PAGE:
Our Antiquated Laws Can’t Cope With National Security Leaks

Is Edward Snowden a traitor or a whistleblower? We need a better legal framework to figure that out.

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Even among those who oppose the government spying programs Edward Snowden revealed, many are calling for his prosecution. The refrain they sound has become familiar in the WikiLeaks era: no matter how good their intentions, those who leak classified information violate the law and put the nation at risk. Their transgression must be punished if we are to preserve the rule of law.

It is premature to judge Snowden’s actions, as information about them continues to unfold. But it is not too soon to push back against the simplistic formula that every leaker is a traitor – or, for that matter, a hero.

(MORE: Edward Snowden: A Modern-Day Daniel Ellsberg, Except for One Key Difference)

Disclosures of classified information come in all different forms. On one end of the spectrum, there are acts of espionage designed to harm the country by providing highly sensitive information to an enemy. On the other end, there are revelations of government wrongdoing by patriotic public servants who carefully avoid any disclosure of truly sensitive information. And there is everything in between: “authorized” leaks to bolster an administration’s standing; negligent leaks by inadequately trained personnel; self-serving leaks by employees seeking attention or status; and more.

Our laws are poorly designed to deal with this complex reality. The Obama administration’s weapon of choice in its crusade against national security leaks has been the World War I-era Espionage Act. That statute, which criminalizes certain disclosures of “national defense information,” was enacted to address traitors and spies. Its penalties are harsh, and until this administration, it was rarely used to prosecute well-intentioned disclosures to the media. But the statute does not explicitly require the government to prove malicious intent, and so it has been pressed into service against Daniel Ellsberg as well as Aldrich Ames.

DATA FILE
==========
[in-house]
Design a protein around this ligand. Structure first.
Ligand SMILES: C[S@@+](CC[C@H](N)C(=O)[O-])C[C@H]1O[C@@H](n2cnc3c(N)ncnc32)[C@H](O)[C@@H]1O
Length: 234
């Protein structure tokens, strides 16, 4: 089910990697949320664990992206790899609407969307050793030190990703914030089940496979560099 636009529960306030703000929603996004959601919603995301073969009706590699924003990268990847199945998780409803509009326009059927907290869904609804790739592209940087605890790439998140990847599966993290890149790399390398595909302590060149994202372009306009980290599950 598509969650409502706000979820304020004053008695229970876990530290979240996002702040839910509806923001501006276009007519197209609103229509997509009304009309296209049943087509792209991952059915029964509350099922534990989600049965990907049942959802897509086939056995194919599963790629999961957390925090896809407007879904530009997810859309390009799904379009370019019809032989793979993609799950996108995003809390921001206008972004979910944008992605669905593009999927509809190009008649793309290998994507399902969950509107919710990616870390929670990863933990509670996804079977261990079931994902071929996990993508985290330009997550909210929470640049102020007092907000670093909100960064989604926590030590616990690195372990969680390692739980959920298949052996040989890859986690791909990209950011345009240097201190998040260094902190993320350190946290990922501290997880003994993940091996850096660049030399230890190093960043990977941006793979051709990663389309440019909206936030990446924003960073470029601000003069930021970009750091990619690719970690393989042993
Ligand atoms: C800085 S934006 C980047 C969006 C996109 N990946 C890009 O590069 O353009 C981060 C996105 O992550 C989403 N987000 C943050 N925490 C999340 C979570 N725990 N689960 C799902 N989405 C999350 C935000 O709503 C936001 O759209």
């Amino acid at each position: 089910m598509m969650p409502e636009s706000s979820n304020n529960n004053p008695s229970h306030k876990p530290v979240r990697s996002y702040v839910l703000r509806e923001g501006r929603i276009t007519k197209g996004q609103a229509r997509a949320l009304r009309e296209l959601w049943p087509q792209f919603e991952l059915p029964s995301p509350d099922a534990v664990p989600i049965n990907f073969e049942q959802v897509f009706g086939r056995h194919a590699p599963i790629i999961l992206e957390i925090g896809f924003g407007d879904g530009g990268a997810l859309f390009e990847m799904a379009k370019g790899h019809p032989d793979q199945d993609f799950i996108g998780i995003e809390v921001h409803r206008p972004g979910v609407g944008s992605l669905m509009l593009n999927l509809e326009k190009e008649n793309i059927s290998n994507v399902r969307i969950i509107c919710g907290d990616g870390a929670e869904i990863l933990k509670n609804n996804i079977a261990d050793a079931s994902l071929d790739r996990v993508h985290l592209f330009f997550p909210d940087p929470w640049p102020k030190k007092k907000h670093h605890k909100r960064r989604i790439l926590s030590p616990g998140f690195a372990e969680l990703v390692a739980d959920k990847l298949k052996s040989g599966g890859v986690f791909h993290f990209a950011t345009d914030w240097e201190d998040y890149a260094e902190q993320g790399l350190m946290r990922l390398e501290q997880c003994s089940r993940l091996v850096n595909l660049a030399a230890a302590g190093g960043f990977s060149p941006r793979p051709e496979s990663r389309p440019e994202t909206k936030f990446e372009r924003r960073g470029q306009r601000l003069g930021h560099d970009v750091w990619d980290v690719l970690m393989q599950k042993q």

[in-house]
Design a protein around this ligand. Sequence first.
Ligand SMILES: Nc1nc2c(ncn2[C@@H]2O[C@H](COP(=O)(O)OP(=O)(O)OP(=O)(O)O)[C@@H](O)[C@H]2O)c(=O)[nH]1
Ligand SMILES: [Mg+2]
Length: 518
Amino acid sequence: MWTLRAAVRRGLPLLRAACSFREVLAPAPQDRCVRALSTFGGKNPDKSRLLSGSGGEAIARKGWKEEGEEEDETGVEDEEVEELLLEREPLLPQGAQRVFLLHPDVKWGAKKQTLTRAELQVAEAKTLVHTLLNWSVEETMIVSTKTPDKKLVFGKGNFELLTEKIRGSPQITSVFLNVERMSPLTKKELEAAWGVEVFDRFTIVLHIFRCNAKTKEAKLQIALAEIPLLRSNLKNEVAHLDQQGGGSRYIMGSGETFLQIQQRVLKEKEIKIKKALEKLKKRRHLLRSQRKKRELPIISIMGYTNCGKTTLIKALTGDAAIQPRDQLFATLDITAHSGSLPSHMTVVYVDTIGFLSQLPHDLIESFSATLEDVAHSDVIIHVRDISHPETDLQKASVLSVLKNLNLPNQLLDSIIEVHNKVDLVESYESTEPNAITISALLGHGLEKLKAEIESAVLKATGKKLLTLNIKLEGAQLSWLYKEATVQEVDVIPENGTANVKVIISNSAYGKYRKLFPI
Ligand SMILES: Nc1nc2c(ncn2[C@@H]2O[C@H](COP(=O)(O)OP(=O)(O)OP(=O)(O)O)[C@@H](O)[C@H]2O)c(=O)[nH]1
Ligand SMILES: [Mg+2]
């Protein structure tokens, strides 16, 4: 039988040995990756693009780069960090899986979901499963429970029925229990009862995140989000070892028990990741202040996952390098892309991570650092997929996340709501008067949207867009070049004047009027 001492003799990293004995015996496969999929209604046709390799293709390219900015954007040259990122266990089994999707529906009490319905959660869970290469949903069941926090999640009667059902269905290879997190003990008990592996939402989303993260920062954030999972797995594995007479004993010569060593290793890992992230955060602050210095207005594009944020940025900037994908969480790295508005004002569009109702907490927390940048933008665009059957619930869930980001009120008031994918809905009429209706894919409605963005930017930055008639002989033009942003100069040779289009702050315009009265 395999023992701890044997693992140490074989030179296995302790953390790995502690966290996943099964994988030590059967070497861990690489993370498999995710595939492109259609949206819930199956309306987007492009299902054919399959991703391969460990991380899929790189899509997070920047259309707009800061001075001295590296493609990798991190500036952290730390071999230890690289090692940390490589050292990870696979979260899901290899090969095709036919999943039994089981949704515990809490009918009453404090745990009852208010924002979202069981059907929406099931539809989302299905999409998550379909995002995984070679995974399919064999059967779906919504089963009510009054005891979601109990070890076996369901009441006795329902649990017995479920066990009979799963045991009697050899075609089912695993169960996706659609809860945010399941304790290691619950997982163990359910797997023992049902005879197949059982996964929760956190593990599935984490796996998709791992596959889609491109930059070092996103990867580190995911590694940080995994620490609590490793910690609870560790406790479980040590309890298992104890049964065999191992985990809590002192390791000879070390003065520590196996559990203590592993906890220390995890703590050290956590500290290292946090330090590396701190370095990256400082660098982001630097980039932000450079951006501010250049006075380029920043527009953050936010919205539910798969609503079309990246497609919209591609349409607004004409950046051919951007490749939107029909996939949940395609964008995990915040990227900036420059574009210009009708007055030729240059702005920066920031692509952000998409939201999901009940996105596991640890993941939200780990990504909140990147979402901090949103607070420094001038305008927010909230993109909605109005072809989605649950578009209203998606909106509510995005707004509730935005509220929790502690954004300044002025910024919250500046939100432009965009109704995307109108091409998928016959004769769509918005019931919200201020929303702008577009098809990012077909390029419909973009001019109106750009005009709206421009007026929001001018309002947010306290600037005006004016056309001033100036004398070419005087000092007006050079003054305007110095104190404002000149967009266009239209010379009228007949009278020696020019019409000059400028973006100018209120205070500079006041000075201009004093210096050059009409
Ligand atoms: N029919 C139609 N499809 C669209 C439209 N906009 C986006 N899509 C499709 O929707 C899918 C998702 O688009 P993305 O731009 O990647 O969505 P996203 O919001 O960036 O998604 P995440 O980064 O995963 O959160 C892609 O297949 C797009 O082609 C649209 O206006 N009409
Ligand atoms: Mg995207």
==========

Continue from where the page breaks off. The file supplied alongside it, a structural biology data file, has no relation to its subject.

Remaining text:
(VIDEO: The NSA PRISM Surveillance Program in One Minute)

Additionally, there is a patchwork of statutes that permit prosecution for disclosure of classified information under a smattering of circumstances. For instance, one law penalizes theft of government property; another bars federal employees from keeping classified documents at unauthorized locations; another bars the disclosure of classified codes. Some carry penalties that seem more fitting for disclosures that are rooted in negligence or poor judgment. Obama’s Justice Department, however, has generally treated them simply as “add-ons” to Espionage Act charges.